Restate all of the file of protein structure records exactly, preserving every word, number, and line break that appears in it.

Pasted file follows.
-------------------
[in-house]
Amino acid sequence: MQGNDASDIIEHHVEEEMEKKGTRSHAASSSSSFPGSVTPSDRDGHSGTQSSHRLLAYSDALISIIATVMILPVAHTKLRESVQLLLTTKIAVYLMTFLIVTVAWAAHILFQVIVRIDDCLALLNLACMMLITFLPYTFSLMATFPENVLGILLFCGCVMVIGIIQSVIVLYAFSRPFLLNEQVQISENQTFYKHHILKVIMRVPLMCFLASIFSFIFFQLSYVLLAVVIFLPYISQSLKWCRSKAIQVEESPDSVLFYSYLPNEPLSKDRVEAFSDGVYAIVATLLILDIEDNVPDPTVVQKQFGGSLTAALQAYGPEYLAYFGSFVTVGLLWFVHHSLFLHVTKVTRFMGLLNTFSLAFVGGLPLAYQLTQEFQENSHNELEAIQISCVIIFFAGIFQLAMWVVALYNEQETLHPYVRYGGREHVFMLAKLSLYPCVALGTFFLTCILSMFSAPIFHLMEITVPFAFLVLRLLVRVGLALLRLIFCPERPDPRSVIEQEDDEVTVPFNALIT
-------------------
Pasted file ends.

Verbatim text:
[in-house]
Amino acid sequence: MQGNDASDIIEHHVEEEMEKKGTRSHAASSSSSFPGSVTPSDRDGHSGTQSSHRLLAYSDALISIIATVMILPVAHTKLRESVQLLLTTKIAVYLMTFLIVTVAWAAHILFQVIVRIDDCLALLNLACMMLITFLPYTFSLMATFPENVLGILLFCGCVMVIGIIQSVIVLYAFSRPFLLNEQVQISENQTFYKHHILKVIMRVPLMCFLASIFSFIFFQLSYVLLAVVIFLPYISQSLKWCRSKAIQVEESPDSVLFYSYLPNEPLSKDRVEAFSDGVYAIVATLLILDIEDNVPDPTVVQKQFGGSLTAALQAYGPEYLAYFGSFVTVGLLWFVHHSLFLHVTKVTRFMGLLNTFSLAFVGGLPLAYQLTQEFQENSHNELEAIQISCVIIFFAGIFQLAMWVVALYNEQETLHPYVRYGGREHVFMLAKLSLYPCVALGTFFLTCILSMFSAPIFHLMEITVPFAFLVLRLLVRVGLALLRLIFCPERPDPRSVIEQEDDEVTVPFNALIT